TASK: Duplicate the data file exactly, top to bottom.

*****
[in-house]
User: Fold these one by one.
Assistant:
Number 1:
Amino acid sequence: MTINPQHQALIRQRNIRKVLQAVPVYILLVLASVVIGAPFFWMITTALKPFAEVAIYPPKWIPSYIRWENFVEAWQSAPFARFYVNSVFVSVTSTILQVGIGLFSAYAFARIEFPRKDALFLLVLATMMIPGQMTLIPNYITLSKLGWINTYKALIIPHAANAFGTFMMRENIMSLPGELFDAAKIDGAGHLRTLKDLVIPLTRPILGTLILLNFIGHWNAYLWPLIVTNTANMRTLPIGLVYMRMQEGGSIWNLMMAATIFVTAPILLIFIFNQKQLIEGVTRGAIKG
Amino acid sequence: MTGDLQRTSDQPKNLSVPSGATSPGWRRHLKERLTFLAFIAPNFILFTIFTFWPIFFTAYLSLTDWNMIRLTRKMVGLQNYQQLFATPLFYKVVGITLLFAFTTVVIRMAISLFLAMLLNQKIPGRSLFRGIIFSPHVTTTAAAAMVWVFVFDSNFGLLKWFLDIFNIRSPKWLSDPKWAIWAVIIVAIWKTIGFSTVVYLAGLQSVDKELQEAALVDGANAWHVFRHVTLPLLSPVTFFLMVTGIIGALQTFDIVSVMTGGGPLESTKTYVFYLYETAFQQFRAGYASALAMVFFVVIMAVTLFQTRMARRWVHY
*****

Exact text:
[in-house]
User: Fold these one by one.
Assistant:
Number 1:
Amino acid sequence: MTINPQHQALIRQRNIRKVLQAVPVYILLVLASVVIGAPFFWMITTALKPFAEVAIYPPKWIPSYIRWENFVEAWQSAPFARFYVNSVFVSVTSTILQVGIGLFSAYAFARIEFPRKDALFLLVLATMMIPGQMTLIPNYITLSKLGWINTYKALIIPHAANAFGTFMMRENIMSLPGELFDAAKIDGAGHLRTLKDLVIPLTRPILGTLILLNFIGHWNAYLWPLIVTNTANMRTLPIGLVYMRMQEGGSIWNLMMAATIFVTAPILLIFIFNQKQLIEGVTRGAIKG
Amino acid sequence: MTGDLQRTSDQPKNLSVPSGATSPGWRRHLKERLTFLAFIAPNFILFTIFTFWPIFFTAYLSLTDWNMIRLTRKMVGLQNYQQLFATPLFYKVVGITLLFAFTTVVIRMAISLFLAMLLNQKIPGRSLFRGIIFSPHVTTTAAAAMVWVFVFDSNFGLLKWFLDIFNIRSPKWLSDPKWAIWAVIIVAIWKTIGFSTVVYLAGLQSVDKELQEAALVDGANAWHVFRHVTLPLLSPVTFFLMVTGIIGALQTFDIVSVMTGGGPLESTKTYVFYLYETAFQQFRAGYASALAMVFFVVIMAVTLFQTRMARRWVHY